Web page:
A View from Erica Naone
Facebook Can't Fix Privacy Problems With Technology
In an FCC hearing, Facebook CTO Bret Taylor defends his company’s privacy practices.
Facebook is often criticized over privacy. Just think of the launch of Beacon.
But listening to CTO Bret Taylor defend the company’s privacy practices yesterday at a hearing before the U.S. Senate Committee on Commerce, Science, and Transportation, it’s hard to fault the company’s technology. Facebook is in many ways at the cutting edge of Internet security and privacy–and it has to be considering the large quantity of personal information that it stores.
Facebook’s privacy woes have not been caused by technical bungling. It’s hard to imagine, for example, the company suffering the sort of ongoing technical humiliation that Sony has recently experienced. Facebook’s record so far has been much better than that. Rather, it’s Facebook’s tendency to suddenly change the rules that have landed it in hot water.
Taylor’s discussion of how Facebook handles user privacy was thoughtful and impressive. “People will stop using Facebook if they lose trust in their services,” he said, a line we also heard from Google in last week’s hearing. He went on to outline the ways that Facebook allows users to control what happens to their data, in particular the fine-grained privacy controls that allow users to select who can see their posts. Users can set different policies for photos, status updates, and other kinds of content, and can even set special privacy policies for specific posts.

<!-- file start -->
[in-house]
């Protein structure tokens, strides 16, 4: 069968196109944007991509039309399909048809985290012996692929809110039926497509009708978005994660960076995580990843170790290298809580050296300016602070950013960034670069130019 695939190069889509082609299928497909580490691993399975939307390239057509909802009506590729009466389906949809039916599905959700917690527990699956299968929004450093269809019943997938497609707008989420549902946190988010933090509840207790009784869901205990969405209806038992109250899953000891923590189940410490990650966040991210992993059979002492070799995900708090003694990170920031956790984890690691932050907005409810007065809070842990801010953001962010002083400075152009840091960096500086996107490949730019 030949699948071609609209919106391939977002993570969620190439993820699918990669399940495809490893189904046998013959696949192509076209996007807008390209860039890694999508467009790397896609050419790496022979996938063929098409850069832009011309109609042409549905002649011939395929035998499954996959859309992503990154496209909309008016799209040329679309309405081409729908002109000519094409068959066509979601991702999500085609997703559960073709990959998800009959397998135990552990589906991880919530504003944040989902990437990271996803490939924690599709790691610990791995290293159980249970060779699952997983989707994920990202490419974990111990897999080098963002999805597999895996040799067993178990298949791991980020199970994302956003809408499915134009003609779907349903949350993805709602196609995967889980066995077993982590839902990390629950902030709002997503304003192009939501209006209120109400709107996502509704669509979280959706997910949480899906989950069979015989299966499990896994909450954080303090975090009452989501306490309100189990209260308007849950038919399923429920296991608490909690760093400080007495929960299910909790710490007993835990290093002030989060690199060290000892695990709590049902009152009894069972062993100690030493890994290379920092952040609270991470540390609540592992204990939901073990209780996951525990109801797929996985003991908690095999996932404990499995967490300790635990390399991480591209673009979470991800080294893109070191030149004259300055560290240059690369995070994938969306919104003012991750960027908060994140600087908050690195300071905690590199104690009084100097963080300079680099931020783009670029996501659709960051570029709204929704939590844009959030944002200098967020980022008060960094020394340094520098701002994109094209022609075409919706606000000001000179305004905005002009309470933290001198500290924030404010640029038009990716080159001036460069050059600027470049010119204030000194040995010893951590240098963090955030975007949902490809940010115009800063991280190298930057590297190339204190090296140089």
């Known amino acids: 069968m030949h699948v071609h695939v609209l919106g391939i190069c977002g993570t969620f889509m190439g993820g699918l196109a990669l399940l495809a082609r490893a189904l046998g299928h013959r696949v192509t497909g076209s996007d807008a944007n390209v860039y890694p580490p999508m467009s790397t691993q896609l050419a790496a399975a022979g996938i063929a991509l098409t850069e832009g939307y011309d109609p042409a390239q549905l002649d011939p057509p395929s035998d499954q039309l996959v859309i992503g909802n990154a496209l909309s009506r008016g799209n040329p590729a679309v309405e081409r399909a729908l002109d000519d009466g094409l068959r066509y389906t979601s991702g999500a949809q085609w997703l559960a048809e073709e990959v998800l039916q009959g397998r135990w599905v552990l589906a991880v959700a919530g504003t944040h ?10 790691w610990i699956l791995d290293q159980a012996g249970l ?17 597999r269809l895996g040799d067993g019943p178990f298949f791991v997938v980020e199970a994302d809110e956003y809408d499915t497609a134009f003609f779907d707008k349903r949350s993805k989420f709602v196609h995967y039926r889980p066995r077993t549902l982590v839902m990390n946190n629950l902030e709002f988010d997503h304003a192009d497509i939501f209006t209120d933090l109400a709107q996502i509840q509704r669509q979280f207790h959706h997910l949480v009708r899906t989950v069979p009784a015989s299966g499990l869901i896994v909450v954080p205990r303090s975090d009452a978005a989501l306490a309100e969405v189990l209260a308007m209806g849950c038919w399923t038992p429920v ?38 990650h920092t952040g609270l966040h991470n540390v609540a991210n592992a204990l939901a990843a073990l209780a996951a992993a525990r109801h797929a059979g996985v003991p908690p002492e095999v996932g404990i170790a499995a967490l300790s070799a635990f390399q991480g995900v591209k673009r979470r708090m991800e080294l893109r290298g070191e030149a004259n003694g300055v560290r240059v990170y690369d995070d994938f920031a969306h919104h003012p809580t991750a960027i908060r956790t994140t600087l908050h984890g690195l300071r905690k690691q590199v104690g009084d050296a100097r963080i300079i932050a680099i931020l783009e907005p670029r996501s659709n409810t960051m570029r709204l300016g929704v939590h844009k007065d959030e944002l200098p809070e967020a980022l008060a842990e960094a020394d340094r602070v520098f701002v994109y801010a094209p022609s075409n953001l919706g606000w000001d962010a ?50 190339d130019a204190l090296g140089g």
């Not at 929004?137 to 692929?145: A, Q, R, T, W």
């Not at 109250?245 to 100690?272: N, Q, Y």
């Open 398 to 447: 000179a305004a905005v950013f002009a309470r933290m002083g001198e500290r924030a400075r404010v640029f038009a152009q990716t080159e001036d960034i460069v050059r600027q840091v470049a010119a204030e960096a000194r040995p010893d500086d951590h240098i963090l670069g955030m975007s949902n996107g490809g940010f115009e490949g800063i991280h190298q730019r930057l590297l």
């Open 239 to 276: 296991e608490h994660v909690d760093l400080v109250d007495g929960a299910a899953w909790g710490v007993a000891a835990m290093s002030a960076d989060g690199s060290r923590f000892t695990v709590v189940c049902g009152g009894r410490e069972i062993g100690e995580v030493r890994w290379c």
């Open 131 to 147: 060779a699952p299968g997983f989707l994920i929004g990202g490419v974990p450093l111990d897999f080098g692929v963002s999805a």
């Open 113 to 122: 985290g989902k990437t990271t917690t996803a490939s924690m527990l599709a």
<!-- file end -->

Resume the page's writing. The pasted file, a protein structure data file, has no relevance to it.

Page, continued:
“We cannot satisfy people’s privacy expectations by creating a one size fits all approach,” Taylor argued.
Taylor highlighted that the company has worked with partners on new authentication technologies that allow users to share information with third parties safely, and noted, “We are one of the few Internet companies to extend our privacy controls to our mobile interfaces.”
What Taylor didn’t talk about is Facebook’s habit of changing its default privacy settings without giving users much notice. The last time this happened, for example, users logged into Facebook and were confronted with a long description of changes to how their would be shared. Few have the patience to sit down, understand the changes, and fix them.
This is where the company keeps going wrong. And no matter how sophisticated or thoughtful its privacy and security technology, Facebook can’t fix its problems until it gets the human factor right.
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September 11-14, 2018
MIT Media Lab